- The Grand Budapest Hotel
- First African-American faculty member speaks at UAB
- UAB Relay for Life All-Night Event on the Green Starts Friday
- The Nile Project to be in residence at UAB’s Alys Stephens Center in 2015
- Libertarian Gary Johnson joins Tuesday panel for Earth Month
- Jalapeno Popper Pull Apart Bread
- Women’s Softball vs Tulsa a rain victim
- UAB, UAH student groups to host sustainability debate
- Captain America: The Winter Soldier
- UAB Celebrates Earth Month
- Cellular Stress May Prevent Alzheimer’s Disease
- Blazers Defeat Gamecocks
- Study War No More
- 2014-2015 UAB USGA General Election Results
- Celebrate Asian & Pacific Islander Heritage Month
Olympic blood drive aims to whip winter weather woes
Winter storms across the nation in January caused widespread disruption of normal blood donation patterns, leading to low blood stocks in many hospitals.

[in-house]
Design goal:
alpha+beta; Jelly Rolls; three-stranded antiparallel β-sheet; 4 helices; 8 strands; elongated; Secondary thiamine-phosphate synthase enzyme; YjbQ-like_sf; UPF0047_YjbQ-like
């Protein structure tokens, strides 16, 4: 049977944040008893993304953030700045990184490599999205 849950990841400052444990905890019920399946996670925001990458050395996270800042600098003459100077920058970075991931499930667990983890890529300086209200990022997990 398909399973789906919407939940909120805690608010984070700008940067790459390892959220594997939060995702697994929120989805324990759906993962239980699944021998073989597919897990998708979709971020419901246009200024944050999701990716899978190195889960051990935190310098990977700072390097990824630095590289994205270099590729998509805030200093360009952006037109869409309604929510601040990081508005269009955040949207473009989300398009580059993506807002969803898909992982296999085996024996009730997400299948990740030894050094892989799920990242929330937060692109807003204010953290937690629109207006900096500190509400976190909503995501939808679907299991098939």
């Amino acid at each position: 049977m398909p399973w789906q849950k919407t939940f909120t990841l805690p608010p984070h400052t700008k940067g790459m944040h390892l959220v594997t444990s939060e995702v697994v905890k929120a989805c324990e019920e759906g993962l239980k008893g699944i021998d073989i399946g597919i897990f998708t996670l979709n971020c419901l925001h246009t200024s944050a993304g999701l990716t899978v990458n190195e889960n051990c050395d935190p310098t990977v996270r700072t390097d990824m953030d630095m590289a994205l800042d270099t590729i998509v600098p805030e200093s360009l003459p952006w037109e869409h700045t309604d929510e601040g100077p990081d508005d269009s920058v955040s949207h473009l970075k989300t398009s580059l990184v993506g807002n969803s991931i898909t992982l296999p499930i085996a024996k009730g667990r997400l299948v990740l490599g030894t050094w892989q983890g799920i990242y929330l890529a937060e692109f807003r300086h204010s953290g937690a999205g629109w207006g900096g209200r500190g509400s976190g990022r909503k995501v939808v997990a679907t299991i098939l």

The drive runs at the UAB Hospital North Pavilion second-floor atrium Feb. 17-22, and at UAB Highlands Hospital on Feb. 25-27.
All blood types are needed. Donors should bring a photo ID. Free parking is available in the North Pavilion parking deck and the UAB Highlands parking lot. Each donor will be entered for a chance to win one of six $100 gift cards.
Hours at the North Pavilion, 18th Street and Sixth Avenue North:
Monday, Feb. 17, 10 a.m.-5 p.m.
Tuesday, Feb. 18, 10 a.m.-5 p.m.
Wednesday, Feb. 19, 7 a.m.-2 p.m.
Thursday, Feb. 20, 10 a.m.-5 p.m.
Friday, Feb. 21, 10 a.m.-5 p.m.
Saturday, Feb. 22, 10 a.m.-5 p.m.
Hours at UAB Highlands, 1201 11th Ave. South:
Tuesday, Feb. 25, 9 a.m.-3 p.m.
Wednesday, Feb. 26, 6:30 a.m.-12:30 p.m.
Thursday, Feb. 27, 11 a.m.-5 p.m.
UAB is one of the largest users nationally of blood supplied by the Red Cross. Donors can give blood up to six times a year, once every eight weeks. The process takes about 45 minutes; the actual blood collection usually takes less than 20 minutes.
Blood products are used during surgery, transplantation, trauma care, difficult pregnancies and cancer treatment. It is not unheard-of for a single patient to require as many as 100 units.